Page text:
Judges who don’t condition their retirement on the appointment of a specific successor do not run afoul of Canon 2B’s command against using the judicial office to promote the private interests of that successor. Canon 2B also prevents a judge from “allow[ing] family, social, political, financial, or other relationships to influence judicial conduct or judgment.” One may argue that conditional retirement allows political relationships to influence judicial conduct. But as Chief Justice William H. Rehnquist famously said in 2003, it is not inappropriate for a Justice to consider the party or politics of the sitting president when deciding whether to retire because “[d]eciding when to step down from the court is not a judicial act.”
III. May a Judge Appropriately Withdraw Her Conditional Retirement Generally?
Withdrawal of a conditional retirement letter raises two questions: (1) whether a judge can withdraw her conditional retirement generally and then (2) whether she can do it based on her disapproval of the proposed successor.
The answer to the first question is yes. A 1974 Office of Legal Counsel opinion states that “a resignation to take effect in the future may be withdrawn prior to its effective date . . . .” This OLC opinion was drafted when a federal judge sought to retire due to disability and tendered his retirement letter to the President. Before the President accepted his resignation, the judge received further medical advice that he was not disabled. Accordingly, he sought to withdraw his retirement letter and OLC concluded that he could do so because the withdrawal was communicated before the retirement was accepted.
This was the right result. There are many valid reasons why a judge may change her mind about retirement. One may receive such an incorrect diagnosis, recover from a health issue, or experience changes in family circumstances. While Democrat-appointed circuit judges appear concerned about being replaced during the Biden administration, those judges do not appear widely concerned about who, specifically, replaces them. This suggests that while some judges prefer to retire during a friendly administration, only the smallest percentage of retiring judges make decisions based on the individual who succeeds them.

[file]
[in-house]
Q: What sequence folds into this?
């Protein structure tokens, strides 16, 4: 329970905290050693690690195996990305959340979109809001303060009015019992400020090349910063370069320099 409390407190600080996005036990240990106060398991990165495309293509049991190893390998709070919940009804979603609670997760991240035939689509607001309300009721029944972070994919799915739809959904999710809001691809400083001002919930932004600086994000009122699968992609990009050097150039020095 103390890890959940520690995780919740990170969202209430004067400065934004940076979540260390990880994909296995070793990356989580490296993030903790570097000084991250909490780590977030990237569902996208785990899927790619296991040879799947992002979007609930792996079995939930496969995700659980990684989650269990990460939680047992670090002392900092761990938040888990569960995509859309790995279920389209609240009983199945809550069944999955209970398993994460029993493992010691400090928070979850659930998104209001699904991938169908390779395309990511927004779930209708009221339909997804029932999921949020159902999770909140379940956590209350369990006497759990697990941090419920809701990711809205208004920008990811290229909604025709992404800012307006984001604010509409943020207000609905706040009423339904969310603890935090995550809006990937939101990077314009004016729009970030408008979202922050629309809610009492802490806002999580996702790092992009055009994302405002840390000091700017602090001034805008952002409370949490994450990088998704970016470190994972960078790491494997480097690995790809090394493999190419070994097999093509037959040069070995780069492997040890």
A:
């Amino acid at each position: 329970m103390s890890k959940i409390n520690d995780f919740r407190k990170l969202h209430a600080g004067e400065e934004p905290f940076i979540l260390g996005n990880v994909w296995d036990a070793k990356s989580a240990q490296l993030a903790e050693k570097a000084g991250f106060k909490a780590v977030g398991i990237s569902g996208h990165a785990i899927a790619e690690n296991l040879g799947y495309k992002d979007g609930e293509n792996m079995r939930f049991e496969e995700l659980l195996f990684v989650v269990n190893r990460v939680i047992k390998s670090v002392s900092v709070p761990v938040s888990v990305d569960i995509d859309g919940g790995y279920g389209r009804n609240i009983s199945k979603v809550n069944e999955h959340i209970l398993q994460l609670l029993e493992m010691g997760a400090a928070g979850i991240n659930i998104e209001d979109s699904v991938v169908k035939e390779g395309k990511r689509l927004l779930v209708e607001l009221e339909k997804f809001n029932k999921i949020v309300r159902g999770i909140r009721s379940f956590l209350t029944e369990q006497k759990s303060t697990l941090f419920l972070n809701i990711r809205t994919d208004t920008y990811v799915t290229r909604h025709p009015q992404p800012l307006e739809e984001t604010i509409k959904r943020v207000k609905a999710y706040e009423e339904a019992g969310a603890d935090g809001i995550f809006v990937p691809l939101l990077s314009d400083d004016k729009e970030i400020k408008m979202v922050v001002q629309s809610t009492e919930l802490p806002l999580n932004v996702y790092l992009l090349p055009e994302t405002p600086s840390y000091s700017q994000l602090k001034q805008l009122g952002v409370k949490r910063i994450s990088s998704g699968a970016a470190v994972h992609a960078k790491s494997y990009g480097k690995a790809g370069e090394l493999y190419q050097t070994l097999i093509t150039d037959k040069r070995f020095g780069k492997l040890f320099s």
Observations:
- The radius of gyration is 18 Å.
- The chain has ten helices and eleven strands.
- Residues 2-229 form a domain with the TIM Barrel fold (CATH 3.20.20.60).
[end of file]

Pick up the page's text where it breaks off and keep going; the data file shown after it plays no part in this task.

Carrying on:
In fact, these conclusions are supported by the evidence. In the past fifteen years, there have been around 750 Article III judicial appointments. Over that same period, a total of two federal judges have withdrawn their conditional retirement letters. The same number of federal judges have been impeached over this period of time. That’s 0.0026%: hardly an epidemic.
One judge withdrew his retirement during the Trump administration. In that case, the judge did so because he thought his successor was wronged when the administration declined to nominate him for political reasons. And it’s happened once in the Biden administration, allegedly due to the judge’s dissatisfaction with the administration’s proposed successor. It almost happened a second time during the Biden administration based on concerns that the successor judge would not have his chambers in the courthouse of the retiring judge, thus depriving that community of judicial representation—but that was apparently a misunderstanding.
IV. May a Judge Appropriately Withdraw Her Conditional Retirement Based on Her Disapproval of the Proposed Successor?
So, may a judge appropriately withdraw her conditional retirement based on her disapproval of the proposed successor? Yes, because Canon 2B only prohibits lending the prestige of the judicial office to advance the private interests of others. In other words, while Canon 2B prohibits the judge from conditioning her seat on her favored successor, it doesn’t prohibit the judge from rescinding her retirement letter to exercise a veto over her disfavored successor. Indeed, the Judicial Council of the District of Columbia Circuit’s In re Charge of Judicial Misconduct or Disability opinion implicitly permits a sitting judge to exercise this form of judicial veto.